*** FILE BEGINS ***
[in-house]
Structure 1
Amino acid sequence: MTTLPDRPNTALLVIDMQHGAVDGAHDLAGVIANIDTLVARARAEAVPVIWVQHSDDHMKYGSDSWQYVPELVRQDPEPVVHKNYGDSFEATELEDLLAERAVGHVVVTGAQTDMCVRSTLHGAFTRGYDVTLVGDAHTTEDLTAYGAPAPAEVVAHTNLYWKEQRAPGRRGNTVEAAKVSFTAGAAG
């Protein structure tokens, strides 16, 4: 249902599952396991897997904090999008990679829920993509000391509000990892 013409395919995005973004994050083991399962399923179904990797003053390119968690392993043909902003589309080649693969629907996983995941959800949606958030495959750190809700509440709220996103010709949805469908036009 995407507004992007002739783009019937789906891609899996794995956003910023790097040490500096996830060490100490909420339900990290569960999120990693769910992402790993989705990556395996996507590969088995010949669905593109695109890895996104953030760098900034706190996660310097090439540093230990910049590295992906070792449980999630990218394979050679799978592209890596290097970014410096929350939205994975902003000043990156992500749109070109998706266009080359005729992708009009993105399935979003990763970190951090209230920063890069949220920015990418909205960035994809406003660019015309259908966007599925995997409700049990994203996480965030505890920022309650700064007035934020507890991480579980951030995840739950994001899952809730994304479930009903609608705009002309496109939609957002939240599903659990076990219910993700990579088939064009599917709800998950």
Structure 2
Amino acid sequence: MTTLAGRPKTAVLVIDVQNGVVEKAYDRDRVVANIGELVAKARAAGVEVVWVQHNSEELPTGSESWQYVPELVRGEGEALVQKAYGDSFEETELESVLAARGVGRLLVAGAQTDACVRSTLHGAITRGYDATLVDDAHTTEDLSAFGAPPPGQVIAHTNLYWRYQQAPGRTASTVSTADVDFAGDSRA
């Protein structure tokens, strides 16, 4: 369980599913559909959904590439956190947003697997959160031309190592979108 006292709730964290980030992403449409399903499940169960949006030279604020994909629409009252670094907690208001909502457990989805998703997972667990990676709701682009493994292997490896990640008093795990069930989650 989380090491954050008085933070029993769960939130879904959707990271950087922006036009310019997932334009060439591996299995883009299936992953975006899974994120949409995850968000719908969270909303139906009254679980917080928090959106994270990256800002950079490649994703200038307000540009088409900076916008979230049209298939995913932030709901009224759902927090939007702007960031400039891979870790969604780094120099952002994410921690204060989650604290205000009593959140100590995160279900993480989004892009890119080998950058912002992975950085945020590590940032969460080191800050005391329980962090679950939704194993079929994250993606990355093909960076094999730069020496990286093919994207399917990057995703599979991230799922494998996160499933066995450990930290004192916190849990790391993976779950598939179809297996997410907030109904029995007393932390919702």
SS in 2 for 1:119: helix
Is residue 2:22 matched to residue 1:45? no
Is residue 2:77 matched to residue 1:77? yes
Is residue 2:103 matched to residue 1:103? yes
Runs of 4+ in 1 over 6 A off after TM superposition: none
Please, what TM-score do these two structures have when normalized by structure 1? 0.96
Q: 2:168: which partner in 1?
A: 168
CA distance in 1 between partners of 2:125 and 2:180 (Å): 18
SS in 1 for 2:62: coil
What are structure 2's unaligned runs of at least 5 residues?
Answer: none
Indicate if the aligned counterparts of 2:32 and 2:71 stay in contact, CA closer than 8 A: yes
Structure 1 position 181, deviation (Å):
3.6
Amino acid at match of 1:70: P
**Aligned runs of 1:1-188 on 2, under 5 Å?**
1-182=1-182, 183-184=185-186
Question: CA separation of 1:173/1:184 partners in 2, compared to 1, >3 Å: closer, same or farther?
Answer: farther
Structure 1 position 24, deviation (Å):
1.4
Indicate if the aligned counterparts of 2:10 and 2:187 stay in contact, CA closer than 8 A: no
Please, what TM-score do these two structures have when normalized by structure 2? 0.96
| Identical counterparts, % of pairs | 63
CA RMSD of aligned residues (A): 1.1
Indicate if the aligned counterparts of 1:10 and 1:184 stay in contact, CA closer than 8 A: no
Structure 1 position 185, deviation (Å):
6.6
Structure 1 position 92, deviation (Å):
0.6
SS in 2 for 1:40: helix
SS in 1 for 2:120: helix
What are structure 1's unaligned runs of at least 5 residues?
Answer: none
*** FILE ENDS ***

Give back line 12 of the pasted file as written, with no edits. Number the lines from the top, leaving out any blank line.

Runs of 4+ in 1 over 6 A off after TM superposition: none